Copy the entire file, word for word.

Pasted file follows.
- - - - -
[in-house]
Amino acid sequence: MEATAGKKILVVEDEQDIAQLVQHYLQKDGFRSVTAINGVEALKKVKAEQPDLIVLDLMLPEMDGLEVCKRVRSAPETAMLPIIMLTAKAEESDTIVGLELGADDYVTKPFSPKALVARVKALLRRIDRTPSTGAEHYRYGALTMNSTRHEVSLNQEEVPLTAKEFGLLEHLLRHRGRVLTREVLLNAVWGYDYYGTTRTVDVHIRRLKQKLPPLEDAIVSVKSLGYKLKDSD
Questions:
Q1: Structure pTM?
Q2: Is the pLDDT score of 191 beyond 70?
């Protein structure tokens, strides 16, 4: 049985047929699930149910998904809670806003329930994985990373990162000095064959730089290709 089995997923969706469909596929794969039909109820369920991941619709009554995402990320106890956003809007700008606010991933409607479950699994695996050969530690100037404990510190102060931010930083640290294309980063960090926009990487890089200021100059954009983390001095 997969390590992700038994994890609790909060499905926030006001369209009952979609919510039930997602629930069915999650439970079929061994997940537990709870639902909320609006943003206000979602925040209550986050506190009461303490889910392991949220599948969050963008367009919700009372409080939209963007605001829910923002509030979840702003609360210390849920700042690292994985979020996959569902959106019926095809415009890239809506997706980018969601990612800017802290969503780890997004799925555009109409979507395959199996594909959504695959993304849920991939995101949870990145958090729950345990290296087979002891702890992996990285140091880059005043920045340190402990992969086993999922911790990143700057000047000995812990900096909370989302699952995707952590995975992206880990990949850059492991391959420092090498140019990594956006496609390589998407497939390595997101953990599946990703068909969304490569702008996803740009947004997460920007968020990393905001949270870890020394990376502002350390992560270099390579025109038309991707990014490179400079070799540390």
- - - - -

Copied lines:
[in-house]
Amino acid sequence: MEATAGKKILVVEDEQDIAQLVQHYLQKDGFRSVTAINGVEALKKVKAEQPDLIVLDLMLPEMDGLEVCKRVRSAPETAMLPIIMLTAKAEESDTIVGLELGADDYVTKPFSPKALVARVKALLRRIDRTPSTGAEHYRYGALTMNSTRHEVSLNQEEVPLTAKEFGLLEHLLRHRGRVLTREVLLNAVWGYDYYGTTRTVDVHIRRLKQKLPPLEDAIVSVKSLGYKLKDSD
Questions:
Q1: Structure pTM?
Q2: Is the pLDDT score of 191 beyond 70?
């Protein structure tokens, strides 16, 4: 049985047929699930149910998904809670806003329930994985990373990162000095064959730089290709 089995997923969706469909596929794969039909109820369920991941619709009554995402990320106890956003809007700008606010991933409607479950699994695996050969530690100037404990510190102060931010930083640290294309980063960090926009990487890089200021100059954009983390001095 997969390590992700038994994890609790909060499905926030006001369209009952979609919510039930997602629930069915999650439970079929061994997940537990709870639902909320609006943003206000979602925040209550986050506190009461303490889910392991949220599948969050963008367009919700009372409080939209963007605001829910923002509030979840702003609360210390849920700042690292994985979020996959569902959106019926095809415009890239809506997706980018969601990612800017802290969503780890997004799925555009109409979507395959199996594909959504695959993304849920991939995101949870990145958090729950345990290296087979002891702890992996990285140091880059005043920045340190402990992969086993999922911790990143700057000047000995812990900096909370989302699952995707952590995975992206880990990949850059492991391959420092090498140019990594956006496609390589998407497939390595997101953990599946990703068909969304490569702008996803740009947004997460920007968020990393905001949270870890020394990376502002350390992560270099390579025109038309991707990014490179400079070799540390």